Identify hallmark signs identified from the physical exam and symptoms

Identify hallmark signs identified from the physical exam and symptoms.
The most common signs identified in the physical exam would be persistent respiratory infections (i.e., wheezing and coughing) noted during the examination. Pancreatic insufficiency (i.e., greasy, foul-smelling stools) was the main reason the patient was brought to the clinic. A Caucasian patient CF affects one in every 3,000 Caucasians (Katkin, 2017). Patients’ ages, as well as her patient’s small size for a five-month-old.
Cystic fibrosis is most common in the white population, affecting one in every 29 white people in the United States. Typically, the respiratory and digestive systems are the first to be affected. Respiratory symptoms include a persistent cough or wheeze, sputum production, recurrent or severe pneumonia, chronic sinusitis, and nasal polyps. “Infection persistence causes chronic local inflammation, airway damage, bronchiectasis, microabscess formation, and hemorrhagic pneumonia foci.”
I really appreciated how in the education section you mentioned to the mother what kind of symptoms would require immediate medical attention. This is not something that I thought about mentioning, but it is, of course, extremely important information! In my
Identify hallmark signs identified from the physical exam and symptoms.
education part, I focused more on helping the mother feel better about the diagnosis and the long-term effects on her daughter. You did that, but you went a step further and that caught my eye! When a healthy child contracts the flu, it can be a scary time for any parent. But when that child has Cystic Fibrosis and the flu, it can be an actual life or death situation. The flu on it’s own could lead to a worsening in symptoms for the child, but that flu could develop into pneumonia leading to a marked decrease in lung function that could ultimately result in death (CFF, n.d.). I found an interesting study, however, of a patient with cystic fibrosis that seemed to present with flu, but it turned out to be a completely different and rare disease that is not usually associated with cystic fibrosis; Kawasaki Disease. So, this teaches us that we should never take the easy way and just assume, but “when the clinical course does not follow a typical pathway including persistent, high fever, alternate etiologies must be considered” (Osborne, Stillwell, Zemanick, & Dominguez, 2017). Thank you for your very informative post!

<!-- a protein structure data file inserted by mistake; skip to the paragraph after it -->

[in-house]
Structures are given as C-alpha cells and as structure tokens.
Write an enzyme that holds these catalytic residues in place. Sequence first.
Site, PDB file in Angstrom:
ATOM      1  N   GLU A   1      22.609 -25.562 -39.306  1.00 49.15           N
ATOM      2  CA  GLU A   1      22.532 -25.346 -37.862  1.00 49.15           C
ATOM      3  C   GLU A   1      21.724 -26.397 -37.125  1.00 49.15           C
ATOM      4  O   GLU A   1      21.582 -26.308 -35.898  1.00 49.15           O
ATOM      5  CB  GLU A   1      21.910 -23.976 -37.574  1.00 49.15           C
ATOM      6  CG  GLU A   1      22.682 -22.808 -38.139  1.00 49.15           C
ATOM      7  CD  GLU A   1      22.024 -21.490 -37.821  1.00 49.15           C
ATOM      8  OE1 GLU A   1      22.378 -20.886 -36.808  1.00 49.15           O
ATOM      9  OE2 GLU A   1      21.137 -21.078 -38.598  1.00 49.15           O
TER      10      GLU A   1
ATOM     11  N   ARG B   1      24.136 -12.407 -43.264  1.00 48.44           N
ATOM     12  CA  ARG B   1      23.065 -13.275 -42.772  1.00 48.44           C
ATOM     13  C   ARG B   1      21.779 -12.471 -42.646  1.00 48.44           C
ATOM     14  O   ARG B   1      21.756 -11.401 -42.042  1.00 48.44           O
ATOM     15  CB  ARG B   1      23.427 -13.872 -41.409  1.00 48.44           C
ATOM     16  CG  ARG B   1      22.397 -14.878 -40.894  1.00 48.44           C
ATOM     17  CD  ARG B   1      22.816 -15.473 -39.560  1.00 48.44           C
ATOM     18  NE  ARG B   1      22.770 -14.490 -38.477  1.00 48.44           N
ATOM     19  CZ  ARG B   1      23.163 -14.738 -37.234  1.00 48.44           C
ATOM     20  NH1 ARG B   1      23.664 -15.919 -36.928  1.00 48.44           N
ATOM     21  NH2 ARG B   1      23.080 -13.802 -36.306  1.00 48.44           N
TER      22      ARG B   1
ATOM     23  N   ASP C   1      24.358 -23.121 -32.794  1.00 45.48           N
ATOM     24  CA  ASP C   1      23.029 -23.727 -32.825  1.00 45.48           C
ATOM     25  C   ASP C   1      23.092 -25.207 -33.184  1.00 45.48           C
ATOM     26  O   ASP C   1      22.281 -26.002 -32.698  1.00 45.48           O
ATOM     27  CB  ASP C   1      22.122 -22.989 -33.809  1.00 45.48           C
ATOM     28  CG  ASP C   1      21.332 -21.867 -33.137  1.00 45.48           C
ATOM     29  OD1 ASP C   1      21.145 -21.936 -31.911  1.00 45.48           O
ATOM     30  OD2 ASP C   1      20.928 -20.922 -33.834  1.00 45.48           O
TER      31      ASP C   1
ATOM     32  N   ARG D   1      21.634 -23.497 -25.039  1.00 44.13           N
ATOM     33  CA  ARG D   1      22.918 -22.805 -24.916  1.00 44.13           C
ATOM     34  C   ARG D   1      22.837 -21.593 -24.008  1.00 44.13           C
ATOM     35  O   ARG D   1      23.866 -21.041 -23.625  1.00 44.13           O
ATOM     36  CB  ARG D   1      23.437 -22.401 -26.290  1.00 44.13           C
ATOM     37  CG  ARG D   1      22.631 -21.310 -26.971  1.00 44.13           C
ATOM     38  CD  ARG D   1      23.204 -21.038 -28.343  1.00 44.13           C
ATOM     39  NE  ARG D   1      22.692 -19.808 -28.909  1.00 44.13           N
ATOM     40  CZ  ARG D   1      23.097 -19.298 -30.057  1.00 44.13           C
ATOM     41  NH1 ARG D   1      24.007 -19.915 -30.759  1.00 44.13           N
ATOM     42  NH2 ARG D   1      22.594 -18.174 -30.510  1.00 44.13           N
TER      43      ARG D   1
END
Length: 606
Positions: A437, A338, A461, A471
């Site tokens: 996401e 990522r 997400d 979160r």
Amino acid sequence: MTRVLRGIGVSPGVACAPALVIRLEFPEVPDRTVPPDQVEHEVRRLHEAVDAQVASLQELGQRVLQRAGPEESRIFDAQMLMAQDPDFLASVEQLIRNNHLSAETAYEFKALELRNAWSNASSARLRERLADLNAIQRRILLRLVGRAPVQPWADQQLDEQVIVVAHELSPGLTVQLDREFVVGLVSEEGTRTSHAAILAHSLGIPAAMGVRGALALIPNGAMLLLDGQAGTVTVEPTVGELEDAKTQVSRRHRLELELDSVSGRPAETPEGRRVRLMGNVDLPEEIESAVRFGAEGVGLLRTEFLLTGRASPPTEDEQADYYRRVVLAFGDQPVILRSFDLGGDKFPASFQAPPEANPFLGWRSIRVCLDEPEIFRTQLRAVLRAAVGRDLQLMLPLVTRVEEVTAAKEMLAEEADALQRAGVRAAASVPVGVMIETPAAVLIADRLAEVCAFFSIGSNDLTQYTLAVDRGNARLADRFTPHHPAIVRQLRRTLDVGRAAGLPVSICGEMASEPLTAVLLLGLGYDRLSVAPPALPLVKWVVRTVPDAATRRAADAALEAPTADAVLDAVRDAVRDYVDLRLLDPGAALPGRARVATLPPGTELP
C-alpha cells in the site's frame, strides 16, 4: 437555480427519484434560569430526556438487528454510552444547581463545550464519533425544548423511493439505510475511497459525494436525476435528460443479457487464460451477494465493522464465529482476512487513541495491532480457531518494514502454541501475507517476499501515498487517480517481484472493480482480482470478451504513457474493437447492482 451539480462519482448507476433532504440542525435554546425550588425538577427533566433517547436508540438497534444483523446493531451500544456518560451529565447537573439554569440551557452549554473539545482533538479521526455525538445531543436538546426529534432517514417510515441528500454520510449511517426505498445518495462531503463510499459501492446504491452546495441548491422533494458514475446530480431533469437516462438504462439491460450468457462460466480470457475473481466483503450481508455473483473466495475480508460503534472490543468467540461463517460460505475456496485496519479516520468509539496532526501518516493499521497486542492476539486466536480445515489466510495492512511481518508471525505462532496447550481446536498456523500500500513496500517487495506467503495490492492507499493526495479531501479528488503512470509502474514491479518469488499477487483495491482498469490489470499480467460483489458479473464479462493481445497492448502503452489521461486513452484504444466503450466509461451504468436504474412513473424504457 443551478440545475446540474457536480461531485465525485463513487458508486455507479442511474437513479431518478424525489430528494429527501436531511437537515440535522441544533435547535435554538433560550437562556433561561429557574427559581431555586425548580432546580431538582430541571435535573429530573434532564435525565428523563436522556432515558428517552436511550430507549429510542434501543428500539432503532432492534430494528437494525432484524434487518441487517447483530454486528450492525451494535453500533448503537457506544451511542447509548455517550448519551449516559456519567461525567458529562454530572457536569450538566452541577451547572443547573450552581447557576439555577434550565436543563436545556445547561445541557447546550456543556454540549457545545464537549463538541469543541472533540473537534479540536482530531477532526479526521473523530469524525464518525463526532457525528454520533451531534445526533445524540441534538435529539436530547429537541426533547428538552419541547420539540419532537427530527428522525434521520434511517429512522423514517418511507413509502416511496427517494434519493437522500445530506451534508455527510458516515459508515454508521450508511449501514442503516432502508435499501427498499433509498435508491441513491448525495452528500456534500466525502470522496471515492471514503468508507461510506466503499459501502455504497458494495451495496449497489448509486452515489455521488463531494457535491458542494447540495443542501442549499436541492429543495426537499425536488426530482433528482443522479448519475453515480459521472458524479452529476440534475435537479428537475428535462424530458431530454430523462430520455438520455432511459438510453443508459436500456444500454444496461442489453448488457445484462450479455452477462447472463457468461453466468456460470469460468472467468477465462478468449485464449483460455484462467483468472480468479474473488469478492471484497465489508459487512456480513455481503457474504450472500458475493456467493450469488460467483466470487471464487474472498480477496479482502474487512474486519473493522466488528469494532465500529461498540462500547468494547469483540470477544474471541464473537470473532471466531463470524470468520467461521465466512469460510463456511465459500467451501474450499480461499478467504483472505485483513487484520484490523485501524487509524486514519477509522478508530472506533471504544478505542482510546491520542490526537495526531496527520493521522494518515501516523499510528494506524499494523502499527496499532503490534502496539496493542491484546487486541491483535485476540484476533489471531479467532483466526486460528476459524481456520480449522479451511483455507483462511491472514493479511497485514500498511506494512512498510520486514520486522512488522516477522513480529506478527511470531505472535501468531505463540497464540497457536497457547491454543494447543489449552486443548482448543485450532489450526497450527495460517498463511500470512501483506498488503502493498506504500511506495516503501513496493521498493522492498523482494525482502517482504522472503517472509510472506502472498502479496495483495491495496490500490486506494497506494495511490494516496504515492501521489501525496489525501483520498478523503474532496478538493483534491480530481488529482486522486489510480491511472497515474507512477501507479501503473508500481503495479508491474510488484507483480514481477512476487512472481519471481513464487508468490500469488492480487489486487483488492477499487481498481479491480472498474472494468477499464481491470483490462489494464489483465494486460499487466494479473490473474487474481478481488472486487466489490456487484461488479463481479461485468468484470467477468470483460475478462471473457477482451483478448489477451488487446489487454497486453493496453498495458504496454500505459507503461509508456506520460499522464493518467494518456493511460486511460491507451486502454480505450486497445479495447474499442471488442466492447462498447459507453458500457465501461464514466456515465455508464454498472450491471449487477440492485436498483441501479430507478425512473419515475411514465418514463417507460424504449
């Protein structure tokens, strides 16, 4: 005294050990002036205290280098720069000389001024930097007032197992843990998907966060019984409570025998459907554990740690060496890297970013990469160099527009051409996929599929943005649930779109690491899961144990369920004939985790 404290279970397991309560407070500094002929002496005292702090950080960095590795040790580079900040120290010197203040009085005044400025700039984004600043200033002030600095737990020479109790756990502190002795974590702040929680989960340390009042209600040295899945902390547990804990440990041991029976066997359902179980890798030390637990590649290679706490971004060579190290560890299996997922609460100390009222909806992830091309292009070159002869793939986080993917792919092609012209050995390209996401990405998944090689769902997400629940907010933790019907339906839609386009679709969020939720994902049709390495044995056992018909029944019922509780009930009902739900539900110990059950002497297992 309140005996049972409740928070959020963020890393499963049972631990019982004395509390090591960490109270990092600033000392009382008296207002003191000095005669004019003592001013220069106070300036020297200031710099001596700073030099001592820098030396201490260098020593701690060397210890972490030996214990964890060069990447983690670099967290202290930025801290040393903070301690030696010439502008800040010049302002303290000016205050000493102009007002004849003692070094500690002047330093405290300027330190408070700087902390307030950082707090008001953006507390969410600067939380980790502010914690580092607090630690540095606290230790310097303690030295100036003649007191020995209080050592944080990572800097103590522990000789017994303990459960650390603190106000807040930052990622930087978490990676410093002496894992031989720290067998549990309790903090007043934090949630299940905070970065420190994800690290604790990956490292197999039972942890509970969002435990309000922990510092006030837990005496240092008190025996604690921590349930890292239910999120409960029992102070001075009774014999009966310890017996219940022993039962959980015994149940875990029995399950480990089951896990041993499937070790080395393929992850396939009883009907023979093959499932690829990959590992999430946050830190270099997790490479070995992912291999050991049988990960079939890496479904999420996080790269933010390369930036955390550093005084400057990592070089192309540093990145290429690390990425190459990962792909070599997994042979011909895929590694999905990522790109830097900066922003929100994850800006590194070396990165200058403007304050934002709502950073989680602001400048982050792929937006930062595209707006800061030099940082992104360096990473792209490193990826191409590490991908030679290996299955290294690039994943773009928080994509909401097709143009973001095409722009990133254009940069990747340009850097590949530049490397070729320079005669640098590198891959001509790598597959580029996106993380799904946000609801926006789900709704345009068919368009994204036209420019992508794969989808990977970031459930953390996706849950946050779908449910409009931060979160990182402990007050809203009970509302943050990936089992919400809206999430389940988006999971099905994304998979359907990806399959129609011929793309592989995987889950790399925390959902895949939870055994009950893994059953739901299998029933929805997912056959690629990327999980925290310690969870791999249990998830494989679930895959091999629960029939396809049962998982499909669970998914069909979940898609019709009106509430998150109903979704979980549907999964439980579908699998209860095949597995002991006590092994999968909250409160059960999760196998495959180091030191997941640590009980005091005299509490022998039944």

Auscultation and percussion of the chest, which were first used about 200 years ago, are considered crucial in the physical examination and are taught to every medical student.
1,2
Although chest x-ray results can be used to confirm physical examination findings, objective data on clinician accuracy and reproducibility of physical examination findings is sparse.
Surprisingly, neither the physical examination’s effectiveness in predicting lung disease nor its worth in discriminating between different pulmonary disorders has been thoroughly researched.
Furthermore, lecturers rarely emphasize how difficult it is to elicit physical indications from the chest.
With less time to evaluate patients and easy access to chest radiographs, physicians are questioning whether a complete lung evaluation is necessary when a lower respiratory illness is suspected.
Auscultation, formerly thought to be a refined art that guided diagnostic and therapeutic decisions, is now “done as a bedside ritual,” according to some.
3
Idiopathic pulmonary fibrosis, chronic obstructive pulmonary disease, congestive heart failure, and pneumonia have all been proven by computerized studies of lung sounds.
4 pneumonia patients showed coarse crackles, most of which were pan-inspiratory, which was different from the other situations.
Interobserver reliability and accuracy in diagnosing pneumonia simply based on physical examination (i.e., without prior knowledge of clinical history or radiologic abnormalities) have never been studied before, to our knowledge.
The lack of data on the utility of physical examination in detecting community-acquired pneumonia was verified in a recent assessment of the pulmonary clinical examination5.
We prospectively examined 52 patients with suspected lower respiratory infection using a variety of chest physical examination maneuvers to assess the accuracy of specific maneuvers in diagnosing pneumonia and to compare the interobserver reliability of different clinicians examining the same patient.
Methods
From 1990 through 1993, we gathered data on patients who visited the Veterans Affairs Puget Sound Health Care System in Seattle, Washington, for evaluation of symptoms of acute lower respiratory tract inflammation.
Patients were evaluated during triage on weekdays from 8 a.m. to 5 p.m. by emergency department nurses or a study coordinator who selected potential study cases.
Because there were no non–clinically indicated procedures or confidentiality issues, the study was excused from approval by our Human Subjects Committee; however, patients were given the opportunity to participate or decline enrollment.